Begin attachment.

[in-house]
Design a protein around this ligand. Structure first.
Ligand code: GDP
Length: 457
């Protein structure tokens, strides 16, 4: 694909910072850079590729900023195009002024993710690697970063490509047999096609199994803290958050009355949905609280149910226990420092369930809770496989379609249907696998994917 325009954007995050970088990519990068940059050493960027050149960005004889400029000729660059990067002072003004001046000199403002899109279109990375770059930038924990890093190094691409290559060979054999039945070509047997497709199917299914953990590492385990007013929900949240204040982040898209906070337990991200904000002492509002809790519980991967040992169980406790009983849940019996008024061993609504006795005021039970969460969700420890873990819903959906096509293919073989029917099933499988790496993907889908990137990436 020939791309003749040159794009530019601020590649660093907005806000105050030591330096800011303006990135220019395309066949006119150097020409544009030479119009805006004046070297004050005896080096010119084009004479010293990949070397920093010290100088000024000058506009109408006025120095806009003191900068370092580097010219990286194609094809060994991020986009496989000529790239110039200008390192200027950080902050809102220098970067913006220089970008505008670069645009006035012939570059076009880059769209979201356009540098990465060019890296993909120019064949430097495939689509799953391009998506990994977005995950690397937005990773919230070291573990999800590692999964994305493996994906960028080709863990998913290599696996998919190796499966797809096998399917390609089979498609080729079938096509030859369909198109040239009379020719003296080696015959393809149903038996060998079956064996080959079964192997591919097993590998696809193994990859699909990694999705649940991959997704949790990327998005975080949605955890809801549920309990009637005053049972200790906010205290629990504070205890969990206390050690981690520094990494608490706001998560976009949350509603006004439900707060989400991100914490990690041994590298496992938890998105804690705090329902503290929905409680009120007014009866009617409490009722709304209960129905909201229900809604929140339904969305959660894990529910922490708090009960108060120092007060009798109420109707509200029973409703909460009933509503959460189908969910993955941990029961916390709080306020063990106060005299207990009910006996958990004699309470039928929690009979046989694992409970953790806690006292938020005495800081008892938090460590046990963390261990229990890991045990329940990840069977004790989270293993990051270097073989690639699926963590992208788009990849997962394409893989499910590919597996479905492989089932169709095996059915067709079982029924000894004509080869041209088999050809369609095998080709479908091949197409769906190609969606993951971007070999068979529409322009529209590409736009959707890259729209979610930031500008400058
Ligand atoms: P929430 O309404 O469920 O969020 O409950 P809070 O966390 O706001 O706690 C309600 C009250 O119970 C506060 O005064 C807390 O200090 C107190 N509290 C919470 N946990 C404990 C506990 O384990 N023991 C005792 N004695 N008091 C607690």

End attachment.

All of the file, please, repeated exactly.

[in-house]
Design a protein around this ligand. Structure first.
Ligand code: GDP
Length: 457
């Protein structure tokens, strides 16, 4: 694909910072850079590729900023195009002024993710690697970063490509047999096609199994803290958050009355949905609280149910226990420092369930809770496989379609249907696998994917 325009954007995050970088990519990068940059050493960027050149960005004889400029000729660059990067002072003004001046000199403002899109279109990375770059930038924990890093190094691409290559060979054999039945070509047997497709199917299914953990590492385990007013929900949240204040982040898209906070337990991200904000002492509002809790519980991967040992169980406790009983849940019996008024061993609504006795005021039970969460969700420890873990819903959906096509293919073989029917099933499988790496993907889908990137990436 020939791309003749040159794009530019601020590649660093907005806000105050030591330096800011303006990135220019395309066949006119150097020409544009030479119009805006004046070297004050005896080096010119084009004479010293990949070397920093010290100088000024000058506009109408006025120095806009003191900068370092580097010219990286194609094809060994991020986009496989000529790239110039200008390192200027950080902050809102220098970067913006220089970008505008670069645009006035012939570059076009880059769209979201356009540098990465060019890296993909120019064949430097495939689509799953391009998506990994977005995950690397937005990773919230070291573990999800590692999964994305493996994906960028080709863990998913290599696996998919190796499966797809096998399917390609089979498609080729079938096509030859369909198109040239009379020719003296080696015959393809149903038996060998079956064996080959079964192997591919097993590998696809193994990859699909990694999705649940991959997704949790990327998005975080949605955890809801549920309990009637005053049972200790906010205290629990504070205890969990206390050690981690520094990494608490706001998560976009949350509603006004439900707060989400991100914490990690041994590298496992938890998105804690705090329902503290929905409680009120007014009866009617409490009722709304209960129905909201229900809604929140339904969305959660894990529910922490708090009960108060120092007060009798109420109707509200029973409703909460009933509503959460189908969910993955941990029961916390709080306020063990106060005299207990009910006996958990004699309470039928929690009979046989694992409970953790806690006292938020005495800081008892938090460590046990963390261990229990890991045990329940990840069977004790989270293993990051270097073989690639699926963590992208788009990849997962394409893989499910590919597996479905492989089932169709095996059915067709079982029924000894004509080869041209088999050809369609095998080709479908091949197409769906190609969606993951971007070999068979529409322009529209590409736009959707890259729209979610930031500008400058
Ligand atoms: P929430 O309404 O469920 O969020 O409950 P809070 O966390 O706001 O706690 C309600 C009250 O119970 C506060 O005064 C807390 O200090 C107190 N509290 C919470 N946990 C404990 C506990 O384990 N023991 C005792 N004695 N008091 C607690």